Croatian Delegation Discusses Israel Relationship During Philadelphia Visit

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Croatian State Secretary Tonci Glavina, Ambassador to the U.S. Pjer Simunovic and State Secretary Frano Matusic of the Republic of Croatia Ministry of Tourism during a Philadelphia visit
From left: Croatian State Secretary Tonci Glavina, Ambassador to the U.S. Pjer Simunovic and State Secretary Frano Matusic of the Republic of Croatia Ministry of Tourism during a Philadelphia visit (Eric Schucht)

June 7 may have been an average day for many, but it was monumental for one Balkan nation.

On that day, American Airlines launched a new service from Philadelphia to Dubrovnik, Croatia — the first direct flight between the two countries in 28 years.

Croatian Ambassador to the United States Pjer Simunovic visited Philadelphia for the occasion, joined by State Secretary Tonci Glavina and State Secretary Frano Matusic of the Republic of Croatia Ministry of Tourism.

During the trip, the Croatian delegation attended a gala held at the National Constitution Center with Philadelphia Mayor Jim Kenney, stopped by the St. John Neumann Shrine to deliver prayers in memory of D-Day and was present for a Croatian flag-raising ceremony at City Hall. State Rep. Jared Solomon also read a resolution at the Betsy Ross House commemorating the Dubrovnik City State as one of the first to recognize the United States as a nation.

And in between that activity, the three diplomats even spoke a bit about Israel.

Simunovic mentioned his time in Israel and his interactions with the Jewish people there, having served as his country’s ambassador from 2012 to 2016. He said he’s made many lifelong friends from his time there.

“I always say to whoever ask me [about my time in Israel] that it was easy to get me out of Israel, but it was almost impossible to get Israel out of me,” Simunovic said. “It was truly a formative experience.”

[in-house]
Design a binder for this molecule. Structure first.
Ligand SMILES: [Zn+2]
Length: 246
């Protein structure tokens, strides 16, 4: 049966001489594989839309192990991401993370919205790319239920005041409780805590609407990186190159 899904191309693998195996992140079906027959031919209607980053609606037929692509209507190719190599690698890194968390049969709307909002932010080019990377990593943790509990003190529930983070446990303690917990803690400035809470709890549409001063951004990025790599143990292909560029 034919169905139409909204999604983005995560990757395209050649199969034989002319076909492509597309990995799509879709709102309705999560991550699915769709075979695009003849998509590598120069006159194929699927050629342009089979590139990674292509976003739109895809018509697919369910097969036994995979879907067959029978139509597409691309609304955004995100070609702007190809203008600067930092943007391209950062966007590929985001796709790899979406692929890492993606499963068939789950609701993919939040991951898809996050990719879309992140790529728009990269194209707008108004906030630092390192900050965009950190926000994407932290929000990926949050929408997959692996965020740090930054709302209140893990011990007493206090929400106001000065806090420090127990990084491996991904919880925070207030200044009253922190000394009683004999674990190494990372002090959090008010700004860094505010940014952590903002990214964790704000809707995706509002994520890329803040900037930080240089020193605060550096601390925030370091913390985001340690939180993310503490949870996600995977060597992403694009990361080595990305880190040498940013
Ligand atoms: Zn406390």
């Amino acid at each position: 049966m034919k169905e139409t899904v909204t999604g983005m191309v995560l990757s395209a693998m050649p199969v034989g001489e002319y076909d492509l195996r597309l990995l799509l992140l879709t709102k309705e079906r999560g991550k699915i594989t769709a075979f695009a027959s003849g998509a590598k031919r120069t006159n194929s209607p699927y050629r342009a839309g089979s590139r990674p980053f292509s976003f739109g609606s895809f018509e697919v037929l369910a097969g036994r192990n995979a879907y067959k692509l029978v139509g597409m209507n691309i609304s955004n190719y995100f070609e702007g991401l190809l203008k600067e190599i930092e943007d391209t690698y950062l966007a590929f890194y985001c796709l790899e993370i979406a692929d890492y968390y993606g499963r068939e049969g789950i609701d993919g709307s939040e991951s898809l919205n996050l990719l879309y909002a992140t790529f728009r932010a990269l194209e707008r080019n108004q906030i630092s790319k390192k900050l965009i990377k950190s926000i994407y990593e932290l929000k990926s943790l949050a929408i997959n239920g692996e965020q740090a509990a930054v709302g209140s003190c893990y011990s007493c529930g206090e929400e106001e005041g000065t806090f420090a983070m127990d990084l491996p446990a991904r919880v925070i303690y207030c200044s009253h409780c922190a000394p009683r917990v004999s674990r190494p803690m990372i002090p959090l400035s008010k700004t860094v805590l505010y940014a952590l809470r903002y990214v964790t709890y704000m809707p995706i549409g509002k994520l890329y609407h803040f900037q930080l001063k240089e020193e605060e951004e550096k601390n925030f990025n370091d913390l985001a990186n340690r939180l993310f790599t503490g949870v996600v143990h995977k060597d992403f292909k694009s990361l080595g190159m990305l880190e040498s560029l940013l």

Located in Southeastern Europe and bordering the Adriatic Sea east of Italy, Croatia is one of several nations formed after the breakup of Yugoslavia in the 1990s. In 2009, Croatia became a full member of NATO and was admitted into the European Union in 2013. The country has a population of about 4 million, of which Glavina said about 90% are Catholic.

In 2001, it was estimated that about 1,700 Jews lived in Croatia, a fraction of the some 20,000 that called it home before the Holocaust. But Jewish tourism to Croatia is booming. Glavina said between 70,000 and 100,000 Israeli tourists visit the country each year, with one of the hot spots being Dubrovnik.

“Croatia is one of the stars of tourism over the past decade, and we’re surely moving into that group of the top-20 most competitive tourism countries in the world,” Glavina said. “We are very open to guests from all around the world. Croatia, maybe in the past, was primarily known as a vacation destination for many surrounding European countries, but over the past several years we’ve made a strong focus on foreign markets.”

The city of 40,000, a UNESCO World Heritage City, is near Croatia’s southern coastal tip. It has drawn more attention in the past few years because it was the filming location of King’s Landing in the HBO series Game of Thrones.

It’s also home to the Dubrovnik Synagogue, the world’s oldest Sephardic synagogue still in use and Europe’s second-oldest synagogue. It was established sometime after 1407 when Jews were allowed to settle in the area by the Dubrovnik Senate. Today, it mainly serves as a museum, with its main floor used for worship services on holidays and special occasions.

“No matter where you find Judaism, there is a deep spiritual link connecting Jewish people,” Simunovic said. “Many Jewish communities being expelled from Portugal and Spain found refuge in Dubrovnik, but also in the other [Croatian] cities along the coast, such as Split, and they’ve been contributing immensely to the cultural, political, material life of the whole region — Ashkenazi in the north and Sephardic in the south.”

The group also spoke of the military cooperation between Croatia and Israel, but shared their disappointment that a proposed sale of 12 used Israeli fighter jets fell through. The deal, valued at around $500 million, was canceled in January due to objections by the United States. The jets were manufactured by the U.S. in the 1980s and later upgraded by Israel with sophisticated electronics and radar systems. When the U.S. demanded that the technology be removed before the aircraft were handed over, Croatia terminated the sale.

“Unfortunately, we didn’t succeed [in buying] these airplanes from Israeli,” State Secretary Matusic said. “We were so close.”

While Croatia may not have those military planes, catching a commercial flight there is easier than ever. The Philadelphia-to-Dubrovnik flight will run on Tuesdays, Fridays and Sundays, and from Dubrovnik to Philadelphia on Wednesdays, Saturdays and Mondays. Flights will run June through September.

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